All are then immediately guided towards this beacon; and these wandering minds, which had long sought each other in darkness, at length meet and unite".

This is the process that has guided democratic life in Europe since its very beginning. This is the process that takes place every morning, when we open our newspaper. And yet, I cannot avoid asking the question, will it happen also in the future?

In Europe 150 million newspapers are sold every day. It's an impressive figure, but the truth is that readership is nonetheless declining. And what are the implications for democracy? I cannot help noticing that 150 million is also roughly the figure of those who took part in the last European elections. And that figure too is declining.

This is therefore a challenge both for the publishers of newspapers and for politicians: how to protect and extend that "public sphere", of which newspapers have historically been the creators and continue to be the best defenders. And for all of us who believe in Europe, the additional challenge is how to nurture that European public sphere that remains to this day in its infancy. Here too newspapers have an essential role: often, the place where we indeed have a truly pan-European debate is in the cultural section of the best newspapers and magazines.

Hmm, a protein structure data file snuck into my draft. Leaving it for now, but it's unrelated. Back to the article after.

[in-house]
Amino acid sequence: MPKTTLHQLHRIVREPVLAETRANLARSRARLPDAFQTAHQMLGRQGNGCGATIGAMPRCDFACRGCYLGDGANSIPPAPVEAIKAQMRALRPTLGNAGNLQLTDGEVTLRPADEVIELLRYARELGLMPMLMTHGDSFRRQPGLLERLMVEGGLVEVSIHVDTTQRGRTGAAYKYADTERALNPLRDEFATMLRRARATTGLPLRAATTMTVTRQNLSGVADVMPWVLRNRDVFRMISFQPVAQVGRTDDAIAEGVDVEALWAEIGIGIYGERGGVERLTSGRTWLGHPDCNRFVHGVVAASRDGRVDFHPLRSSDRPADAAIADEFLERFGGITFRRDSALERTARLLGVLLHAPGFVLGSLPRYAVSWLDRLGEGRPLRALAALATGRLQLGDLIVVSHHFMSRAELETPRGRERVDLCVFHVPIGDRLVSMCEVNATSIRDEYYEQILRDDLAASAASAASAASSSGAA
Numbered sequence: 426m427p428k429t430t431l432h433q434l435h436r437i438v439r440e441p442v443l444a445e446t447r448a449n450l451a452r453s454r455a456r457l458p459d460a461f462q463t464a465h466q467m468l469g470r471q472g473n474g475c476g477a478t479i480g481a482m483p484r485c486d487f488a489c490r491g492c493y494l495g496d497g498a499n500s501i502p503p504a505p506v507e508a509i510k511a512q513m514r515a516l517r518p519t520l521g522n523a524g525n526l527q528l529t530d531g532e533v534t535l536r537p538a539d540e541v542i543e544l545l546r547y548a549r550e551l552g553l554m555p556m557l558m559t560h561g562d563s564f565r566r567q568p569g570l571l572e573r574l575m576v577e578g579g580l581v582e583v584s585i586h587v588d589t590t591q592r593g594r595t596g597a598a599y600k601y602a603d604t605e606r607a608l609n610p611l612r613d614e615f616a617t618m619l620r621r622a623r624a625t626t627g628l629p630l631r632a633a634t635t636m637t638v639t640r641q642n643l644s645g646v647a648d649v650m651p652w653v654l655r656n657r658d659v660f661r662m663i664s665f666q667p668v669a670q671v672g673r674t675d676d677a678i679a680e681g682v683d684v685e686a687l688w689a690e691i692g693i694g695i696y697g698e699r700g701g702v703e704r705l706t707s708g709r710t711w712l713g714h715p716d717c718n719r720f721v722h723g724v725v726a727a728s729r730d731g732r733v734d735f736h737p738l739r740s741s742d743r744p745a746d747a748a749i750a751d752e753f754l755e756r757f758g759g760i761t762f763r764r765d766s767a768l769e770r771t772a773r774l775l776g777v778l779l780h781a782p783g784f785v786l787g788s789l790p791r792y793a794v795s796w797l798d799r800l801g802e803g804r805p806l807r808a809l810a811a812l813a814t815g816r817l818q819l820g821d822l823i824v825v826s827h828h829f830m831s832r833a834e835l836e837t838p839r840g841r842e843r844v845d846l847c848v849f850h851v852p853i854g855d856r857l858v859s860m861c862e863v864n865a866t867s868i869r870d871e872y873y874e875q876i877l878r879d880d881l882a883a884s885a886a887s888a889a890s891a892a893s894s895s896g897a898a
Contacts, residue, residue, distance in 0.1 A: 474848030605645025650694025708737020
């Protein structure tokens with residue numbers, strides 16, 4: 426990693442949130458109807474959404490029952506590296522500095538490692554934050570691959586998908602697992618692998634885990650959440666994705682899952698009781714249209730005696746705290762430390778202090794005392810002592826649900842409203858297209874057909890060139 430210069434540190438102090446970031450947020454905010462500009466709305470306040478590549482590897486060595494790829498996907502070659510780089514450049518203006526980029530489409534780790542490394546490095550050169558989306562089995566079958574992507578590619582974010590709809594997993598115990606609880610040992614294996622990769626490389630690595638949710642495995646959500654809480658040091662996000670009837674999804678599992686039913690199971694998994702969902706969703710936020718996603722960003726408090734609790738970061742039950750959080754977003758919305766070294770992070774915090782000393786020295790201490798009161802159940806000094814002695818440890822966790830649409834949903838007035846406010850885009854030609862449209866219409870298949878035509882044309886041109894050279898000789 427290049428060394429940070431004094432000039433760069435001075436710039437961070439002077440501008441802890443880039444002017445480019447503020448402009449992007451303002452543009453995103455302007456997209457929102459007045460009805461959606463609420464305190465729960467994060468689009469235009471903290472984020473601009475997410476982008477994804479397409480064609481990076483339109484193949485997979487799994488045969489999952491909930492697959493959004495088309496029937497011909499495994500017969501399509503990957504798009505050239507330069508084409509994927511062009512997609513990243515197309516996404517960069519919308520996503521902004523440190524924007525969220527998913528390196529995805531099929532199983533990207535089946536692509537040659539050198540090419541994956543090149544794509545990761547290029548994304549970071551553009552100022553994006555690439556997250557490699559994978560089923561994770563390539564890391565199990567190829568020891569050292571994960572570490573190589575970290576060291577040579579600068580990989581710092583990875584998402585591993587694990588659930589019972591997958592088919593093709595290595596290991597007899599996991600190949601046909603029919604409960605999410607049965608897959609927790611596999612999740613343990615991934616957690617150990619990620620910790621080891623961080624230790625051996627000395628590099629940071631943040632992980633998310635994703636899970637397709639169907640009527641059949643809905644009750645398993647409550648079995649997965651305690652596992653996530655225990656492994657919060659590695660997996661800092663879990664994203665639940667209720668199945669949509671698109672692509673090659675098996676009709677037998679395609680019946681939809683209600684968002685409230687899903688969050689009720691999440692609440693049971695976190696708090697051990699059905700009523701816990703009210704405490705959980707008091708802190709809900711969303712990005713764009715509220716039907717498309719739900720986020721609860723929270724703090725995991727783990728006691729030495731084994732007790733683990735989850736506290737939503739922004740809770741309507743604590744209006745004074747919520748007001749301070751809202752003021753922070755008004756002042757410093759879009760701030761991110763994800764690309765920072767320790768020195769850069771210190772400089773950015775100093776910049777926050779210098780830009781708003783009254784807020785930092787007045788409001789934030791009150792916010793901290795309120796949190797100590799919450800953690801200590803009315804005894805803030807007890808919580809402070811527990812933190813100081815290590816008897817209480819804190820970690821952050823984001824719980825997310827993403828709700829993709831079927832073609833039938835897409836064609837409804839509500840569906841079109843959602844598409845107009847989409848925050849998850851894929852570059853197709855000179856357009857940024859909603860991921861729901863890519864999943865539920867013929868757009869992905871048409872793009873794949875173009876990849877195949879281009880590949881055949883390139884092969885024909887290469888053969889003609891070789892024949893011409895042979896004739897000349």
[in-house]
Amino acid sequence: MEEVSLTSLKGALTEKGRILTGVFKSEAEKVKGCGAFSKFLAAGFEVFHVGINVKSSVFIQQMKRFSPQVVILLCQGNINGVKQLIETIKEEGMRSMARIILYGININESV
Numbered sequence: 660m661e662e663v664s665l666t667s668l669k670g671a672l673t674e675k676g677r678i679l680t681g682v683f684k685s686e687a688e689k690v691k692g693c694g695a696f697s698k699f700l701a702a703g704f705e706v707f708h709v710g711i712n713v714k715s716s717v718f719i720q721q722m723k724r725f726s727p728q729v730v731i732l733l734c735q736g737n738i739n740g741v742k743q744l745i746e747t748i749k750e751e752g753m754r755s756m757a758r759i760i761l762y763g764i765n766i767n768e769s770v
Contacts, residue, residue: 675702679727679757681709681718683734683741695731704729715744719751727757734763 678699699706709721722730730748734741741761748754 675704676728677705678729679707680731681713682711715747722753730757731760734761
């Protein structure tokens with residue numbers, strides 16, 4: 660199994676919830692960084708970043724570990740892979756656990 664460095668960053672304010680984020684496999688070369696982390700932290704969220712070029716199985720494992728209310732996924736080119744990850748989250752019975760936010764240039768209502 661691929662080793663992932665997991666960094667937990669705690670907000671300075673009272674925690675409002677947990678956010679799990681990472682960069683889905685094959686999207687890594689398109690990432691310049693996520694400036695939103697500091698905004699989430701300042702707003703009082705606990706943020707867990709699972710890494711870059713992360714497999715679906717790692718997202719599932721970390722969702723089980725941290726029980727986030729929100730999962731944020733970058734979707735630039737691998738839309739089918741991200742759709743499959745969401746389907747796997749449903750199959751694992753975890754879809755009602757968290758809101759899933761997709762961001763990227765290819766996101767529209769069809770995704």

I certainly do not mean to say that we should be afraid of new technologies. Communication networks are the nervous system of the world. The digital revolution that has occurred these past few decades has given us unprecedented and immediate access to global events, and one only has to look at the role of social media in the Arab spring to be convinced that this new power of global communications largely benefits human rights. The new technologies can therefore be a powerful force for the good. But they are also very disruptive of the existing models, as you know all too well. The multiplication of media outlets carries the risk of fragmenting the audiences and threatens directly the commercial viability of traditional newspapers.

Therefore we should not be afraid of new technologies, but neither should we assume that they will unfailingly help the cause of freedom of expression and democracy, without our own active intervention.

Good policies are needed for that. I will now briefly touch on three areas that are - directly or indirectly - part of my portfolio of European Commissioner: media literacy, the VAT regime for online cultural goods, and copyright.